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dc.contributor.advisorJarrod Goentzel.en_US
dc.contributor.authorCreyts, Christopher Alanen_US
dc.contributor.authorWeisskopf, Noraen_US
dc.contributor.otherMassachusetts Institute of Technology. Engineering Systems Division.en_US
dc.date.accessioned2017-03-20T19:38:06Z
dc.date.available2017-03-20T19:38:06Z
dc.date.copyright2016en_US
dc.date.issued2016en_US
dc.identifier.urihttp://hdl.handle.net/1721.1/107519
dc.descriptionThesis: M. Eng. in Logistics, Massachusetts Institute of Technology, Supply Chain Management Program, 2016.en_US
dc.descriptionCataloged from PDF version of thesis.en_US
dc.descriptionIncludes bibliographical references (pages 55-57).en_US
dc.description.abstractManufacturers and retailers are increasingly interested in exploring different ways to optimize their fulfillment of e-Commerce orders. An approach that is often considered is drop-shipping, where the manufacturer takes on the responsibility of shipping directly to the consumer. Retailers are interested in this model as it shifts their inventory responsibility upstream and frees up working capital. Manufacturers are intrigued by drop shipping as a means of capturing lost sales on high-value, seasonal products that retailers might be under-stocking. These manufacturers currently lack the retailer-side inventory availability information to assess the extent of this opportunity. We propose a framework to show manufacturers and retailers how to examine the key issues of drop shipping such as capacity constraints, per unit distribution cost, changes in working capital, cost allocations in the supply chain and delivery time to customers. We also explore how to bridge information gaps to gauge inventory availability and lost sales using Web Extraction System data. We demonstrate our framework by partnering with a CPG manufacturer interested in implementing drop-shipping. Using their data from an existing facility and a selected retailer, we simulate drop shipping orders for a specific set of products during the holiday season that are normally fulfilled by the retailer. Firstly we show that in this scenario, the manufacturer will not exceed their current facility's capacity and will require minimal changes to their existing operations. Using Activity-Based Costing (ABC), we then find that the overall channel costs are only slightly more expensive than those in the traditional model. However, the manufacturer takes on a much larger portion of those costs than they would in the existing model. The transfer of the distribution labor and inventory holding costs from the retailer to the manufacturer drives these cost shifts. As expected, we found significant working capital benefits for the retailer when shifting to drop-shipping. To understand the potential gains that could be achieved from capturing lost sales, we paired data from a Web Extraction System with Point-of-Sale data to obtain previously unavailable retailer inventory information. Contrary to initial expectations for this scenario, the retailer displays very high inventory availability, making lost sales a weak justification for adopting this model. Lastly, using publicly available time-in-transit tables, we model the changes in delivery time that customers experience. The results show that the average delivery time increases by one day for most locations in the US. Our framework and analyses contribute to developing an understanding of the opportunities and implications of drop shipping. In addition, we introduce new techniques manufacturers can use to deal with asymmetric inventory information.en_US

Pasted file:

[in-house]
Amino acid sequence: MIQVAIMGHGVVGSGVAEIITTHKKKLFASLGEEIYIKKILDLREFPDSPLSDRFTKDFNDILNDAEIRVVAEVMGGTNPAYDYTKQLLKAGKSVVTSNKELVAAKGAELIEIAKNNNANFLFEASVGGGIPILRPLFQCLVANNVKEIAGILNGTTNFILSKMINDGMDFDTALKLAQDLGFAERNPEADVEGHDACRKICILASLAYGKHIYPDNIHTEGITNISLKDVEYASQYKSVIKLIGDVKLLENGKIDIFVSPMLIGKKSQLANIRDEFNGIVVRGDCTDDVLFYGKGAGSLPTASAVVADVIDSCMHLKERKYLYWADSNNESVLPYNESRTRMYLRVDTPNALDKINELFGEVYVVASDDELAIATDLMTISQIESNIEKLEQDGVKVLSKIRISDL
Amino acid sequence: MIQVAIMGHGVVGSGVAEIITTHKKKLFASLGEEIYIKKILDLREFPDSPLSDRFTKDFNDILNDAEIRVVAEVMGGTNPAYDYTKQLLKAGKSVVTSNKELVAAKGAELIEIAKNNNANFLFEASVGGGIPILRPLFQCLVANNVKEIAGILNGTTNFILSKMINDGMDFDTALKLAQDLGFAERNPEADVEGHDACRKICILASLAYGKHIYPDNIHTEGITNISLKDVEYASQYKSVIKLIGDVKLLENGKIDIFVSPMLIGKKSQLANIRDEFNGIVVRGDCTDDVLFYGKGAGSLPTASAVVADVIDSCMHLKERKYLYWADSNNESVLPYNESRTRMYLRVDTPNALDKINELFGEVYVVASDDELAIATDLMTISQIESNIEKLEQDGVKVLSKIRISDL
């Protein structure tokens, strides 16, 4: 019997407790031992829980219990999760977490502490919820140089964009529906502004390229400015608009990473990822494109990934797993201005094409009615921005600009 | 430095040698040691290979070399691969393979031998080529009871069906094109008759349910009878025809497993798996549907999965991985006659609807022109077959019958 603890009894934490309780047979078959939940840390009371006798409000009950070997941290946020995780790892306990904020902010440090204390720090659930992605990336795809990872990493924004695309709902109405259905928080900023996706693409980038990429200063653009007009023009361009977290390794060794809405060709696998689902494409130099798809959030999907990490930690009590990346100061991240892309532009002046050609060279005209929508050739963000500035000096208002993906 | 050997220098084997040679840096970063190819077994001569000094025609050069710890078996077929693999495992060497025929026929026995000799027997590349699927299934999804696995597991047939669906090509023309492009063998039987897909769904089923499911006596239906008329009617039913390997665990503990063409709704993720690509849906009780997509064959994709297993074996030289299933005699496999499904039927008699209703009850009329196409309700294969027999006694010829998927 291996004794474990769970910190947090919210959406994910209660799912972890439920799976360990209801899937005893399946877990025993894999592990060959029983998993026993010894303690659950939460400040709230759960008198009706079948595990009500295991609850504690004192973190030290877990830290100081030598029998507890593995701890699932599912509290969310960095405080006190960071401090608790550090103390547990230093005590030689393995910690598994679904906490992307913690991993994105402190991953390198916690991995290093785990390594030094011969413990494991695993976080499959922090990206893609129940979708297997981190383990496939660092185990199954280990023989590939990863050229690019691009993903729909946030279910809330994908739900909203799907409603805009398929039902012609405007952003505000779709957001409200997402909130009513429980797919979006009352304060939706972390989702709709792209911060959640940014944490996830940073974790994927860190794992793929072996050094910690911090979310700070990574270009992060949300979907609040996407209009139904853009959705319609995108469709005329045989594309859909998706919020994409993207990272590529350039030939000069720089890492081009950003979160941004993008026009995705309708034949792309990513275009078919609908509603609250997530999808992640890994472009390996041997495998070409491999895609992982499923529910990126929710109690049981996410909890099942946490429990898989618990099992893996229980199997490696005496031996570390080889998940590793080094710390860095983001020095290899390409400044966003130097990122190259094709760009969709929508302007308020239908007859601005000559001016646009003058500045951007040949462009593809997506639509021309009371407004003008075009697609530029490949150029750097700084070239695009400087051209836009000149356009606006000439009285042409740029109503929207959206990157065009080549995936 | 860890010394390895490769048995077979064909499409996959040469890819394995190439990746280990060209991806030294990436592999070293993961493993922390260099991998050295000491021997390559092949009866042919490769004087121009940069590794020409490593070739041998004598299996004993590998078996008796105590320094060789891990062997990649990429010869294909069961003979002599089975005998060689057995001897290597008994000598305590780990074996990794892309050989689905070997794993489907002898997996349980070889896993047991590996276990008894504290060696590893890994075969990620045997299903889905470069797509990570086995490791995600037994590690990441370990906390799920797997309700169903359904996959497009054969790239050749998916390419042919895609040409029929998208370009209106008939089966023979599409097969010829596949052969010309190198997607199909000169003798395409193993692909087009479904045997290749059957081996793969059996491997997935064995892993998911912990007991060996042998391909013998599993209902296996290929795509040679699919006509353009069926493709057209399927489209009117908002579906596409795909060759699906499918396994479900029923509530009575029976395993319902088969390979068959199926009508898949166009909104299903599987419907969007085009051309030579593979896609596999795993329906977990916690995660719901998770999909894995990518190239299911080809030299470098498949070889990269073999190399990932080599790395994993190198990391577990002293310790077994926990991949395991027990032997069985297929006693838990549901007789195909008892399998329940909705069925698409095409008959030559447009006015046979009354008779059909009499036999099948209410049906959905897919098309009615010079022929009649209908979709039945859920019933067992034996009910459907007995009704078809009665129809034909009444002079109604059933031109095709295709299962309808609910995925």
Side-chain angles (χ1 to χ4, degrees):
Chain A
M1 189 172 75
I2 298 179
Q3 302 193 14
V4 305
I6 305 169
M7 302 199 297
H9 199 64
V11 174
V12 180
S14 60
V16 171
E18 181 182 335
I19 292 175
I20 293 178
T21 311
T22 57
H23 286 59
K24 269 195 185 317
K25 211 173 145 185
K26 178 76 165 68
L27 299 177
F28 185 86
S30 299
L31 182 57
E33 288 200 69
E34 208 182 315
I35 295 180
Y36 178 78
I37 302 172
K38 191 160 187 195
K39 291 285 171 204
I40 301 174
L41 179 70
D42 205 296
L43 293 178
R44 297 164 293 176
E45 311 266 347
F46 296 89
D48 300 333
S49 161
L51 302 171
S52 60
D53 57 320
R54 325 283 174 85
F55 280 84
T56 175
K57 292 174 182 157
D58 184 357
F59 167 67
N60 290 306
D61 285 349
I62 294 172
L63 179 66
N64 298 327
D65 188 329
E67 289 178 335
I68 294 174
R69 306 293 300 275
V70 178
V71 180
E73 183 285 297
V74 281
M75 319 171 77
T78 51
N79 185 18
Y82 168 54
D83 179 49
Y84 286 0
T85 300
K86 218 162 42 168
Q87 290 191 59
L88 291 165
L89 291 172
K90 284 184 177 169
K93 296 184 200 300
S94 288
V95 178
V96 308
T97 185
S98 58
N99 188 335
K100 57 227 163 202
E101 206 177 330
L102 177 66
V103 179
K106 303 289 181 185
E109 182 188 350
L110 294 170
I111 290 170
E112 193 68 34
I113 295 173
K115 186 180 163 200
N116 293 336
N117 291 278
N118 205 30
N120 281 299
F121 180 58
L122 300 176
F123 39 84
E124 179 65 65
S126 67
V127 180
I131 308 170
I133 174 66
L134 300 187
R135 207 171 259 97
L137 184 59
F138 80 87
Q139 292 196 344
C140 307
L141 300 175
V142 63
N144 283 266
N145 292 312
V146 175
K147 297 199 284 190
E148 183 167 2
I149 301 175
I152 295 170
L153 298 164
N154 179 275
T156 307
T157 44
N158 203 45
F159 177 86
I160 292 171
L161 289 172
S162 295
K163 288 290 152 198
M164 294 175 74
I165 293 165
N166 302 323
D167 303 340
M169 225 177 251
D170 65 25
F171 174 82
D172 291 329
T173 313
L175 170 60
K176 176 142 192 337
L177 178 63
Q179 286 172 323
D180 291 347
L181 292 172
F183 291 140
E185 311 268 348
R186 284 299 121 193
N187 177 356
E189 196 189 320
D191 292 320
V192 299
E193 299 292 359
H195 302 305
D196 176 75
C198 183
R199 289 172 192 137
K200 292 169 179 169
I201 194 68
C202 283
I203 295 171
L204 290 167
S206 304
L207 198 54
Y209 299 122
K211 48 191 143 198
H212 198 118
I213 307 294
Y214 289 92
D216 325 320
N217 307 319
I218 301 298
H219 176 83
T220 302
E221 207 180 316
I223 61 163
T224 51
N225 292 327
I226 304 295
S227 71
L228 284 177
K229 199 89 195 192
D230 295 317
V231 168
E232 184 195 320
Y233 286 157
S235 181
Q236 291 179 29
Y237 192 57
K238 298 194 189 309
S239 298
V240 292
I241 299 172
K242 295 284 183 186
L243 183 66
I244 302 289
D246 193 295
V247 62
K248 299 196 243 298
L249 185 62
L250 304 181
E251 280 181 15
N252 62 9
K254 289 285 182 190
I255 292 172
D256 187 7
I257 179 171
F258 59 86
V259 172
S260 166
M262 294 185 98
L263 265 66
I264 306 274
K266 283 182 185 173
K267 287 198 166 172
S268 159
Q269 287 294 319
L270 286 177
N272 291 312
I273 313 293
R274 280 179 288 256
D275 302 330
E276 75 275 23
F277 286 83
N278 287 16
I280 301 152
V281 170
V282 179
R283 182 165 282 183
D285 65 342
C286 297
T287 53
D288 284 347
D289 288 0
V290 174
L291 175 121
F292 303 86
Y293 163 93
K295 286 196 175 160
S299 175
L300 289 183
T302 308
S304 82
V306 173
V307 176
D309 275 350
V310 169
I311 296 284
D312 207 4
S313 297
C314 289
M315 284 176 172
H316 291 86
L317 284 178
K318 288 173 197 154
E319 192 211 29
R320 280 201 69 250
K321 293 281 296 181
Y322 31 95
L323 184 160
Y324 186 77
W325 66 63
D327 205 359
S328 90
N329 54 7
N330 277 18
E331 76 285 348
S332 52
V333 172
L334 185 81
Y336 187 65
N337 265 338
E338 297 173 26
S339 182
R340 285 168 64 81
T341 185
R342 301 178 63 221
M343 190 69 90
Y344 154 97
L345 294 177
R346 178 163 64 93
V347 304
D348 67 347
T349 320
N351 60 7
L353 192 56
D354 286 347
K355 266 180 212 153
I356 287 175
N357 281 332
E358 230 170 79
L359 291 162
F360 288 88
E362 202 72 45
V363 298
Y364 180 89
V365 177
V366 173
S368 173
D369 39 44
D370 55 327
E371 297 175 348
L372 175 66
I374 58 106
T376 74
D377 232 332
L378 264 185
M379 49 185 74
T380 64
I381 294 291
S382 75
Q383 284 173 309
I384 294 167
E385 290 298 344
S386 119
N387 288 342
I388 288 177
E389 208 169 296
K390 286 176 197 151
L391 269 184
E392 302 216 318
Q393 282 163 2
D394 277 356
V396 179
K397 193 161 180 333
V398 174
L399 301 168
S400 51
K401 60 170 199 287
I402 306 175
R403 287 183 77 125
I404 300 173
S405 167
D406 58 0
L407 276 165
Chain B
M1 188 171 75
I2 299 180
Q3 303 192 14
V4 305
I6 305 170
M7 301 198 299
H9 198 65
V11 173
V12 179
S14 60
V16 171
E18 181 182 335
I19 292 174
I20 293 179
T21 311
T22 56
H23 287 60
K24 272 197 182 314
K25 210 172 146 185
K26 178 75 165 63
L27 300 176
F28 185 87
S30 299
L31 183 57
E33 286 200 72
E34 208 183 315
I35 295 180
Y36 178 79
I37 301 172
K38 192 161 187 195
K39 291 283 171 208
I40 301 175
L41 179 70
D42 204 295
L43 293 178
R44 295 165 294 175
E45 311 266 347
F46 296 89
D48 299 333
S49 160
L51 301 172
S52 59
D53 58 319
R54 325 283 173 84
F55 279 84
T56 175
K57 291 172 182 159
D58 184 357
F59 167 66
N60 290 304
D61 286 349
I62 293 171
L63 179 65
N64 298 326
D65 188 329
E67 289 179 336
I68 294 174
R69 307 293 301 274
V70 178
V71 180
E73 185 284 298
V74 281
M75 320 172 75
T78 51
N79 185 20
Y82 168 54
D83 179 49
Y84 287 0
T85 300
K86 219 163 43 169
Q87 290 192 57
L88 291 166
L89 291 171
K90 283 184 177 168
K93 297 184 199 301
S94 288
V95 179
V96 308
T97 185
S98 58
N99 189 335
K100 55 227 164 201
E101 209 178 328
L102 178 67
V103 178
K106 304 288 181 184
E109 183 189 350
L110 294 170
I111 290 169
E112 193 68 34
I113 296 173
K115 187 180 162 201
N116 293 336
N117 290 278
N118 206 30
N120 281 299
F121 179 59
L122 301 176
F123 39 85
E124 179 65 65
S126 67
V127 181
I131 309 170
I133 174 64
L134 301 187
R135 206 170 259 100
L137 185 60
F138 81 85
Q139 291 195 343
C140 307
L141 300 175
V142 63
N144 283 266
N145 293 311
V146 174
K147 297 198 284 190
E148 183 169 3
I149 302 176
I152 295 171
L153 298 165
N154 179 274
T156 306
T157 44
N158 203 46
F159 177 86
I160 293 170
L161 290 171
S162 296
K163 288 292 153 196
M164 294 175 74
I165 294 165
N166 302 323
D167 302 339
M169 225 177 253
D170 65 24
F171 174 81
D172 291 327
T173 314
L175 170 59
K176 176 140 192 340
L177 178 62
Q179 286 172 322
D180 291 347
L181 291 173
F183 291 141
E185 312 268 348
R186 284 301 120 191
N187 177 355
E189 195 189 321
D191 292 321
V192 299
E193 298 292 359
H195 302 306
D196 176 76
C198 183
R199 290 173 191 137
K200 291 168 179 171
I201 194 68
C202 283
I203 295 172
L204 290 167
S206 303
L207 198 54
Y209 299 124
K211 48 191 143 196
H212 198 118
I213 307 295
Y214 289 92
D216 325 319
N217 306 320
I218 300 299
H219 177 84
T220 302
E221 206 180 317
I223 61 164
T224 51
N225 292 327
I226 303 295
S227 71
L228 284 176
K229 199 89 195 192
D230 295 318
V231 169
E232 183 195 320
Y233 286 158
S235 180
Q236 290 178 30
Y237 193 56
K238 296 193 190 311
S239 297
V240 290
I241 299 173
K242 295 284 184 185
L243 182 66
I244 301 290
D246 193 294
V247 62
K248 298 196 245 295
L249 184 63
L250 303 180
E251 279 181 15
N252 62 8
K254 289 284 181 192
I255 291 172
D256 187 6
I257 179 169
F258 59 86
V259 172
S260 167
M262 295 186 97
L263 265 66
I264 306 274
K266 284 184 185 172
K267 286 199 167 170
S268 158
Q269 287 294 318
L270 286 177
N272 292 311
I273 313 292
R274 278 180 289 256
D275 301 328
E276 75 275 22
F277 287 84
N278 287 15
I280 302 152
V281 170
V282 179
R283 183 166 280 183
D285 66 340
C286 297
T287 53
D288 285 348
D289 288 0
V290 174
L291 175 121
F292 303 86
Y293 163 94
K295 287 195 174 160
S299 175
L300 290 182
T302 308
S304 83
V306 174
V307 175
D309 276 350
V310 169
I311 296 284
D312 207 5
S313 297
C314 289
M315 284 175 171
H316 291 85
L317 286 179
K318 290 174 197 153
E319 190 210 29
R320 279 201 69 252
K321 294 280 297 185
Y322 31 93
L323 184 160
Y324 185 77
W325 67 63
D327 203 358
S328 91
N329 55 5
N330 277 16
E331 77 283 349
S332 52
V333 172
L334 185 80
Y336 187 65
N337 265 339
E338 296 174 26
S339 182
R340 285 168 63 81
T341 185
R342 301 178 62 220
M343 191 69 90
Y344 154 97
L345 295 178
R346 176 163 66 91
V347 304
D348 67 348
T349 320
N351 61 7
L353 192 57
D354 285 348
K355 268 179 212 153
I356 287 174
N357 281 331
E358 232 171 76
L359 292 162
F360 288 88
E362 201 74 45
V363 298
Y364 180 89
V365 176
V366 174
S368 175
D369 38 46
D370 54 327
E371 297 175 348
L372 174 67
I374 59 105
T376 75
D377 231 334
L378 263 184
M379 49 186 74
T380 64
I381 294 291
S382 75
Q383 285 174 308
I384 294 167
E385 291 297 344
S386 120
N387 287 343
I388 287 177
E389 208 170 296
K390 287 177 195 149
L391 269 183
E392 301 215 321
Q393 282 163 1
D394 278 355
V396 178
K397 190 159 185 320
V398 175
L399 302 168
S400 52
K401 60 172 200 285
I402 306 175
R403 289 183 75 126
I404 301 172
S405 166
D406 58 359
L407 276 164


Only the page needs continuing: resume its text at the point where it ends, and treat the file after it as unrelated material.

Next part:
dc.description.statementofresponsibilityby Christopher Alan Creyts and Nora Weisskopf.en_US
dc.format.extent57 pagesen_US
dc.language.isoengen_US
dc.publisherMassachusetts Institute of Technologyen_US
dc.rightsMIT theses may be protected by copyright. Please reuse MIT thesis content according to the MIT Libraries Permissions Policy, which is available through the URL provided.en_US
dc.rights.urihttp://dspace.mit.edu/handle/1721.1/7582en_US
dc.subjectSupply Chain Management Program.en_US
dc.subjectEngineering Systems Division.en_US
dc.titleE-Commerce drop shipping : building a CPG supply chainen_US
dc.title.alternativeBuilding a Consumer packaged goods supply chainen_US
dc.typeThesisen_US
dc.description.degreeM. Eng. in Logisticsen_US
dc.contributor.departmentMassachusetts Institute of Technology. Supply Chain Management Program.en_US
dc.contributor.departmentMassachusetts Institute of Technology. Engineering Systems Division.en_US
dc.identifier.oclc962736504en_US


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